I had a great friend group before the pandemic. After a year in isolation, I wonder if any of it will be left.

Dear Wayne and Wanda,

In some ways, this last year has seemed to drag on forever, but in some ways, it’s gone by so fast. Case in point: I can’t believe it’s literally been almost a year since I’ve seen most of my friends. My friends usually got together at our favorite bar at least a couple nights a week. Even if we didn’t plan it that way, half of us would just show up there organically and end up having a great time. I can tell you the last time we did this: March 14, the Saturday before the Monday when Anchorage bars closed down for the first time.

At first, we all had some Zoom calls, and we texted a lot more. But as time went on, we sort of fell out of touch. It’s like there wasn’t anything to say. None of us really had anything going on. We would say we missed each other and couldn’t wait to hang out again … and then months went by. Even when the bars have reopened, only a couple of my friends have ventured out. Most of us have been pretty straight about following suggestions to keep social circles small and avoid unnecessary outings.

I feel like there’s finally light at the end of the tunnel. A couple of my friends have even gotten their first vaccine shot. But I’m worried when all this is said and done, my friendships won’t be the same — that we will have grown apart, and we will have all developed new habits and routines and won’t feel like going out like we used to. Frankly, this freaks me out. What can I do to get my gang out and together again when the time is right?

Wanda says:

Who knows what the outcome of all this will be? On one hand, when we have collectively moved past COVID-19, your friends may be stoked to rush back to the bar and raise a collective group toast, easily sliding back into familiar habits and routines. Or, it might be that so much time has passed that we are ready to permanently trade in big bar tabs and boozy Uber rides for cozy nights at home marathoning Netflix and playing Yahtzee.

Honestly, at this point, both future outcomes sound strange. Personally, I’m not ready to give up my craft cocktails and evenings out, but I also have a newfound love for my home and solitude I didn’t previously appreciate. Ultimately, all you can really control is yourself in the here and now. So if your friendships are important to you, invest some time and energy in nurturing them. You don’t need a bar stool and mixed drinks to make that happen.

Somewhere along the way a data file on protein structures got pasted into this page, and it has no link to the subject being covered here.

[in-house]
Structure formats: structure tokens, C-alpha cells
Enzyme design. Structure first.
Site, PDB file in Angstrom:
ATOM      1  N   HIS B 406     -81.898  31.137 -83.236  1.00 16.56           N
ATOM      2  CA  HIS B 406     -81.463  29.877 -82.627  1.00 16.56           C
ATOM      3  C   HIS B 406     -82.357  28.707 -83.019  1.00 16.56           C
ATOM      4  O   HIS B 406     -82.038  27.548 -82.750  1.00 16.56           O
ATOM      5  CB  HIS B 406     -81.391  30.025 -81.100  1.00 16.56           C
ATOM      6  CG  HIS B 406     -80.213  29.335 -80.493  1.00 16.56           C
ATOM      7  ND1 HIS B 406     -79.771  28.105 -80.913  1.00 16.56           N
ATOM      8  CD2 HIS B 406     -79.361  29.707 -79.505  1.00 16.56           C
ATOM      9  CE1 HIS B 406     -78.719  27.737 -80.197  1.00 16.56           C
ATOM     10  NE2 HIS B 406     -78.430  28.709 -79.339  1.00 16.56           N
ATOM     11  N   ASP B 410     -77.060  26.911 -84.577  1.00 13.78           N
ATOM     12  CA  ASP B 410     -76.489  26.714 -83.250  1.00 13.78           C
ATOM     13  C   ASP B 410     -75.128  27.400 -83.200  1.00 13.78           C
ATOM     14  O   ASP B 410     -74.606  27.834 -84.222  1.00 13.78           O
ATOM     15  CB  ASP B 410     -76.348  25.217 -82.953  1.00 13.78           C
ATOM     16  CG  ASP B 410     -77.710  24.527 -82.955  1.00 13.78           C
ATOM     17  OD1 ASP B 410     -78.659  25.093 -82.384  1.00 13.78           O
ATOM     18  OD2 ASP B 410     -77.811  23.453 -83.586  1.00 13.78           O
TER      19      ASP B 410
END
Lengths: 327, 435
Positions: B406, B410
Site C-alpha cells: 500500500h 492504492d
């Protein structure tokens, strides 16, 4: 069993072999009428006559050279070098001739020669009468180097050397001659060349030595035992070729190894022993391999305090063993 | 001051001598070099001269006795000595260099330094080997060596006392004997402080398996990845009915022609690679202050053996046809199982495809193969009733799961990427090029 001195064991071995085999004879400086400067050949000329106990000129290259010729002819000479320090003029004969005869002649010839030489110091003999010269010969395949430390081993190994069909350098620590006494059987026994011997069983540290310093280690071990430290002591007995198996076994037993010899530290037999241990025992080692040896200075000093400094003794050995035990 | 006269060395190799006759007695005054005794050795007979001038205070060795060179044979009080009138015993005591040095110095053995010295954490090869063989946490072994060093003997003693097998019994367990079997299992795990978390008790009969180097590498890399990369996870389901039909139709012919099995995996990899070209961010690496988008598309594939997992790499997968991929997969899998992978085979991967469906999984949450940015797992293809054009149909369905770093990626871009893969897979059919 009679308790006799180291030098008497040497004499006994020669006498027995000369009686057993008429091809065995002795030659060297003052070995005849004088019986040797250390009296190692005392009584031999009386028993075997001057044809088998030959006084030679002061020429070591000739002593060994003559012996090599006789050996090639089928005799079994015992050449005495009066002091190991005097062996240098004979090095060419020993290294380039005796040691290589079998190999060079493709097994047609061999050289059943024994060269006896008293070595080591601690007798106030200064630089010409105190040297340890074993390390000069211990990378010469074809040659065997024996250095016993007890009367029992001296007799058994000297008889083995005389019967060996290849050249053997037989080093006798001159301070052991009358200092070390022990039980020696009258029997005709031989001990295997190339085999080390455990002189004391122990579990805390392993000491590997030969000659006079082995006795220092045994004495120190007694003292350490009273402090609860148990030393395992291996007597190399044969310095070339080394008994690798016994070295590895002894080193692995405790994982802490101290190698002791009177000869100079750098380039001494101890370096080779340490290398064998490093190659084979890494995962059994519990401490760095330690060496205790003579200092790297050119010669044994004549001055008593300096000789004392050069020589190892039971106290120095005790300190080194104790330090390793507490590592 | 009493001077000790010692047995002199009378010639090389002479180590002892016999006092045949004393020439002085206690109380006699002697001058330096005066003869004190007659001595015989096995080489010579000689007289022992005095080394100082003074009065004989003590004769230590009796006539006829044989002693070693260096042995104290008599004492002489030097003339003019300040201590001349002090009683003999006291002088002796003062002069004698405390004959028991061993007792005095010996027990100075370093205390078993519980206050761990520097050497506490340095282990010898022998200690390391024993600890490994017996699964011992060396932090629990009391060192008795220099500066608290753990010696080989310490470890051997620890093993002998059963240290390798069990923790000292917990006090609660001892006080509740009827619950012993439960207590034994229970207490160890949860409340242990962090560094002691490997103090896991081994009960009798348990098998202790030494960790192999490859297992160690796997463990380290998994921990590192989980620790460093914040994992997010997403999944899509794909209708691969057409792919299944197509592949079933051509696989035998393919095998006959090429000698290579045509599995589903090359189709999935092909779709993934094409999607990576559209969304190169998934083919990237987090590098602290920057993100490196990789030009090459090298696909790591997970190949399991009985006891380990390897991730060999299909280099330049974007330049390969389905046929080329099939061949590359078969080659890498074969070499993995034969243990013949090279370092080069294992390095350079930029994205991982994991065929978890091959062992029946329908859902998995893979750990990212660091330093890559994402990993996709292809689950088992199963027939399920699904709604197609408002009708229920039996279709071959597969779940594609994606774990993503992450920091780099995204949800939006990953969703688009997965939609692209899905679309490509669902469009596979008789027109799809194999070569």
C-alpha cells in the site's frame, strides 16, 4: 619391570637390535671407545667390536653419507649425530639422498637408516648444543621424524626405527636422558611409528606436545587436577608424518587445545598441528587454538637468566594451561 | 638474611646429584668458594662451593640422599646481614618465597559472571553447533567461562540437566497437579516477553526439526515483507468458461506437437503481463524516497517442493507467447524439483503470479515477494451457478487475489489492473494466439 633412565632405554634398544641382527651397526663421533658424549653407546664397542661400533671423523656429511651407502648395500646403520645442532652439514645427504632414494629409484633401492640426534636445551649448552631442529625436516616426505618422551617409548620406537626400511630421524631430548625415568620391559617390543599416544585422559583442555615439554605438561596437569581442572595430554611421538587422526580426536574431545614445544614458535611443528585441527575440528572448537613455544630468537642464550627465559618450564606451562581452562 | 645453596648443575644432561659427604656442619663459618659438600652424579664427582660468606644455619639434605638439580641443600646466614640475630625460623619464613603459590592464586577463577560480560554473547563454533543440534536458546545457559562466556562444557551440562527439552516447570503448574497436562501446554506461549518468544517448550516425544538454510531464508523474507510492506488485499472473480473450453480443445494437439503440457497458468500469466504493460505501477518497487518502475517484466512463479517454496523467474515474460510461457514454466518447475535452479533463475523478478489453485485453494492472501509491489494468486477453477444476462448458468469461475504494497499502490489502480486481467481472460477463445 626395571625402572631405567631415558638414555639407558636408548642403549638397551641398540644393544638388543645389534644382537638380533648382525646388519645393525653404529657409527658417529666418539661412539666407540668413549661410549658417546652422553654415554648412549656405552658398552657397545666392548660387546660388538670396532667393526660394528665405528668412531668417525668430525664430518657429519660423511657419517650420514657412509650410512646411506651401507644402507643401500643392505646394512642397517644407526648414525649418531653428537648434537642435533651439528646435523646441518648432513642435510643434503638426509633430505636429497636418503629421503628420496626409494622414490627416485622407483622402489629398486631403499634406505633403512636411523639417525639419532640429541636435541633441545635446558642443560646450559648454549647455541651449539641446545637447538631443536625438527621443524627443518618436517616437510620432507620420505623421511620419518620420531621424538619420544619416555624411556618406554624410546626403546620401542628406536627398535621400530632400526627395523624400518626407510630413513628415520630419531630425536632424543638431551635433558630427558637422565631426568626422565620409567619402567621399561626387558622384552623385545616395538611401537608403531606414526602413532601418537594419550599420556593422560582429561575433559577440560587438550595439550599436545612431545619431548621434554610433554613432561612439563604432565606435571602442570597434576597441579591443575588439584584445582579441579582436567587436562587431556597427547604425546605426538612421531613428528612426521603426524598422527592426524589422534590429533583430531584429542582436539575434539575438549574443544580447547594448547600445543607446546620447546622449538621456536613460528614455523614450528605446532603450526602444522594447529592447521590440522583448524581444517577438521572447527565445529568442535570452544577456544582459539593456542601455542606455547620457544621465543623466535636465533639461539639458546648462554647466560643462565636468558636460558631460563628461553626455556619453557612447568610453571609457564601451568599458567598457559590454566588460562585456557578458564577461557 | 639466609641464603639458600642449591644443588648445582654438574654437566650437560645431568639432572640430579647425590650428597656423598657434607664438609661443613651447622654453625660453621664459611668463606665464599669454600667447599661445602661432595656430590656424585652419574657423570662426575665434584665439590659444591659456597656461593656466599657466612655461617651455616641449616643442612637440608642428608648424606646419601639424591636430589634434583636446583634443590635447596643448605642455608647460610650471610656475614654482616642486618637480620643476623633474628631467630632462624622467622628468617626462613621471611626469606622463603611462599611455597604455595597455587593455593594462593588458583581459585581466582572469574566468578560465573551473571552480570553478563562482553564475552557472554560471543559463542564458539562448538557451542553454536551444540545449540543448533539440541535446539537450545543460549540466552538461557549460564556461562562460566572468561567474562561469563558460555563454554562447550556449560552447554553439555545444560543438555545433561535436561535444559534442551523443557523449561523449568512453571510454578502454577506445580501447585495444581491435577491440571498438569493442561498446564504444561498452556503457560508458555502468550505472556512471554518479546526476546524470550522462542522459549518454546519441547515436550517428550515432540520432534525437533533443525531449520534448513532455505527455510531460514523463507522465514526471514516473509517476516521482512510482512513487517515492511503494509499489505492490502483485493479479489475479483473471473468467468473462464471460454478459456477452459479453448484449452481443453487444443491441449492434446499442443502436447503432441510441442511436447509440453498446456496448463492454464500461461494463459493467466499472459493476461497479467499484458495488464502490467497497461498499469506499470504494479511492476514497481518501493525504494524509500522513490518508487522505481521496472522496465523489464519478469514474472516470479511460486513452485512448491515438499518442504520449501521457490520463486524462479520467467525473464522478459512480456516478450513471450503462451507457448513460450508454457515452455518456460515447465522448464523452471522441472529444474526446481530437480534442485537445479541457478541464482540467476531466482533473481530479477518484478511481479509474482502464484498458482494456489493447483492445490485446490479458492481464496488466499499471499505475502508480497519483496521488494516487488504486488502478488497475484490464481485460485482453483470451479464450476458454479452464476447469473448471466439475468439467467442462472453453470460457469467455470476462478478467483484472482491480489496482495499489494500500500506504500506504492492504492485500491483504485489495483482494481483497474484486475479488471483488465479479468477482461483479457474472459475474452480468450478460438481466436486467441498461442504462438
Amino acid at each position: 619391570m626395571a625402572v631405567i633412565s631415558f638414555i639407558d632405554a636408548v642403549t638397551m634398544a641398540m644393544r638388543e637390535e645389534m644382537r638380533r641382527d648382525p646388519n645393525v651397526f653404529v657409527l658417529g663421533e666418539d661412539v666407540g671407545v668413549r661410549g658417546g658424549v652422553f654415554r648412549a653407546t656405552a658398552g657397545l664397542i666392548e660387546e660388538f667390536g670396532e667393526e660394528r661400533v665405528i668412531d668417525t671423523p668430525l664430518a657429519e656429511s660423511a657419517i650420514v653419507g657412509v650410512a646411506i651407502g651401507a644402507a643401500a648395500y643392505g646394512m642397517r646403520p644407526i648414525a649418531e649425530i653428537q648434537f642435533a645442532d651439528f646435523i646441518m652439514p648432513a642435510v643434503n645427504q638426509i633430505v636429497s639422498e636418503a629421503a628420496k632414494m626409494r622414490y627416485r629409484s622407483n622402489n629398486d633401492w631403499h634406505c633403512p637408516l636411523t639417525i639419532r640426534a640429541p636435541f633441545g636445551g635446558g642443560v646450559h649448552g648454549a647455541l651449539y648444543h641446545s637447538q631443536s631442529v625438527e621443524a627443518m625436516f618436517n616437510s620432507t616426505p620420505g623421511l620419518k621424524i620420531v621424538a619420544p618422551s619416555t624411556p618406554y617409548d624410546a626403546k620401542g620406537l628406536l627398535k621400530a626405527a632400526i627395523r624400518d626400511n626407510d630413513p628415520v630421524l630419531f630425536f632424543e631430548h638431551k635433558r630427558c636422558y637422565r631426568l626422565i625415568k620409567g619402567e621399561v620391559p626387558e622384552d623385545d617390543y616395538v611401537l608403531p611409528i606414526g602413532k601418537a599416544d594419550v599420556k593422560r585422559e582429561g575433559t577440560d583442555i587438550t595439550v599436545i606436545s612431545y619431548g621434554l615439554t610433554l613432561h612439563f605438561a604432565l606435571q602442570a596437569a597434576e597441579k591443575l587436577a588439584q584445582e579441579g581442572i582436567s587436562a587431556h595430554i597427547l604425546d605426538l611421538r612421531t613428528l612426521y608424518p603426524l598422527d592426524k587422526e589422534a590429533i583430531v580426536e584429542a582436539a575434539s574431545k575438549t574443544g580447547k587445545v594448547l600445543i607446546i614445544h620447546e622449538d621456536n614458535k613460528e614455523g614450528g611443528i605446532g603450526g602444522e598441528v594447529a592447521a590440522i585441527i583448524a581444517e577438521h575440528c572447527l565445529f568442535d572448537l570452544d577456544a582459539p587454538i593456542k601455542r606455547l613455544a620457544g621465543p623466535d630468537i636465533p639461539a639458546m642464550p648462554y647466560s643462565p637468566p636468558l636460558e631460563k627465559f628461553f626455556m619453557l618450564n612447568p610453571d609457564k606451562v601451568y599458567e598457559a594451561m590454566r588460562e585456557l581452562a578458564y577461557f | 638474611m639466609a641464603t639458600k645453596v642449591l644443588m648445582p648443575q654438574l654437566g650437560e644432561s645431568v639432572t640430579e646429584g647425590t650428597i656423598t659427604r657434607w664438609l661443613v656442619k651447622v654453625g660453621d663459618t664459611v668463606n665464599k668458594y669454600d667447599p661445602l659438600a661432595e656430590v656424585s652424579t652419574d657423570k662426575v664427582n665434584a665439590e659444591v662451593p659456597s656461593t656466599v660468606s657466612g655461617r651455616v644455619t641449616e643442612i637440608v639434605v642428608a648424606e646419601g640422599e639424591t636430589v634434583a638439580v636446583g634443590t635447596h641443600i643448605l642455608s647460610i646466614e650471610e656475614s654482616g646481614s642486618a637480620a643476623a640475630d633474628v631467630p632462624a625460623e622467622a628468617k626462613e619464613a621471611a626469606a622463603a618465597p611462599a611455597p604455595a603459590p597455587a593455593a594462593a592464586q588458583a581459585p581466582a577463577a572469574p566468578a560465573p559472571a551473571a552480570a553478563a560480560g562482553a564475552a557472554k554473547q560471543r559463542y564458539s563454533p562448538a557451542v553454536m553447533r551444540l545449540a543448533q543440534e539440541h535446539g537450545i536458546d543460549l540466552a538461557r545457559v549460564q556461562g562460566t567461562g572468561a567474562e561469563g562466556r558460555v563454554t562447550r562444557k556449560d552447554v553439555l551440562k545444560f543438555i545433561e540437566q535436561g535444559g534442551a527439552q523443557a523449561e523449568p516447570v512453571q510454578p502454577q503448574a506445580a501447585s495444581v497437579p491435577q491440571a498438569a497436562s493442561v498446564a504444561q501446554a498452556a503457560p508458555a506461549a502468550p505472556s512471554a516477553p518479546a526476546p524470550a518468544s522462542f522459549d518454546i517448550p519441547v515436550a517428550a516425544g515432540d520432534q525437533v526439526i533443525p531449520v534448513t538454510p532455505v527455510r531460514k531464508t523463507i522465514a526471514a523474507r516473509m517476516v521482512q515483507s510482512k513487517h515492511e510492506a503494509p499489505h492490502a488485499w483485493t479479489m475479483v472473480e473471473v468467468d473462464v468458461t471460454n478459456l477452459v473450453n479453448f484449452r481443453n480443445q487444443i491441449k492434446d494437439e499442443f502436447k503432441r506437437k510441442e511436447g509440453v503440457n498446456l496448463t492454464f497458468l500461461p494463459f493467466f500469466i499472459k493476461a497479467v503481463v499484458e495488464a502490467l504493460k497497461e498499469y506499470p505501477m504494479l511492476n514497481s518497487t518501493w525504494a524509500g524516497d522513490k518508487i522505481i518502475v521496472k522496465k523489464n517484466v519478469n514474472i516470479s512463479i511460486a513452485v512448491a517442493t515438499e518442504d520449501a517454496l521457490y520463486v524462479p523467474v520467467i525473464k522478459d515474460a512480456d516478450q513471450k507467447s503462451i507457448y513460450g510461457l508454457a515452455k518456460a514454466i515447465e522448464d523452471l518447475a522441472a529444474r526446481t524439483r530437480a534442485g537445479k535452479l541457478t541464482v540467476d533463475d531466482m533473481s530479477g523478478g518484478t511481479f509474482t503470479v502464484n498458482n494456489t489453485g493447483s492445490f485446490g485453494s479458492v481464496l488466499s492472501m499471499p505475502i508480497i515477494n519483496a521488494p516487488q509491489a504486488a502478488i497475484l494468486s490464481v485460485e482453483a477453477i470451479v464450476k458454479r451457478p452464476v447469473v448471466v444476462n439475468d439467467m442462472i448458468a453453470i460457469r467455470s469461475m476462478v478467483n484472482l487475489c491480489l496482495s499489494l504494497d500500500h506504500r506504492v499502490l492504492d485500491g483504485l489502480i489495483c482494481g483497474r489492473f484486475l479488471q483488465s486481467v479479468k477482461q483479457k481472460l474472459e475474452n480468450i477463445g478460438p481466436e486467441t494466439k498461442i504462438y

Group Zooming does get a little old, especially after a year of videoconferencing, but there are lots of ways to meet up safely in person for activities like walks, bike rides or get-togethers in spacious areas. There’s nothing stopping you from reaching out to those who are important to you and telling them that; we all need to hear that right now, and those sentiments would probably bring your friends a ton of joy. And just because we aren’t actively out doing things doesn’t mean we aren’t going through things. All of us can benefit from meaningful check-ins with friends.

It’s also important to remember that while you are looking forward to getting back to your favorite bar, that may not be the case for everyone in your crew. That doesn’t mean your friends don’t love and miss you; instead, it may the past year has given them space to discover and embrace new ways to spend their time.

Wayne says:

Let’s imagine for a second that COVID never happened. It’s tough to even envision after all the death, devastation and depression this pandemic has dropped on our lives, but try your best. And now think about 2020 being like any other year in modern times, with some unpredictable ups and downs, but also filled with a steady, reliable run of old routines, vacations, adventures and good times with friends and family. And, of course, with regular gatherings of the homies at the ol’ watering hole.

Even in that dream scenario, I bet that over the course of this “normal” year some aspect of tavern time with friends will have changed significantly, or many aspects will have changed in smaller ways. Someone would start dating, get swept away into all of that, and either disappear or start bringing their hopefully likeable BF/GF with them every time they show up. Someone in a long-term relationship could start planning or producing a family, and slowly fade away. Someone could get caught up in a really crazy stretch at work, and either stop making it out most of the time or show up and drink themselves crazy. Maybe someone moves away. Perhaps someone just gets tired of being buzzed three times a week, especially on weekdays, and changes the schedule to a drink or two once a month. Maybe one of these someones is you?

Life is crazy, even without a pandemic, and the only thing that’s a constant is change. Deep thoughts, I know. But think back on how much your crew’s lineup and their lives have already changed over your years of partying together. So stop adding more stress to your already stressed out life and see how the next few months play out. Your friends are your friends, and many will probably always be your friends. Will they always be your never-miss-a-night-out drinking buddies? Probably not. But will they all be excited to join you for a round of celebratory shots — hard liquor, not vaccinations — as soon as they feel the COVID coast is clear? You bet. And now you know how important it is to enjoy every second.

[My wife wants only a couple friends in our pandemic bubble: Her friends]

[I’ve gotten one dose of vaccine. It’s because of my job, but my friends and family act like I’ve cut in line.]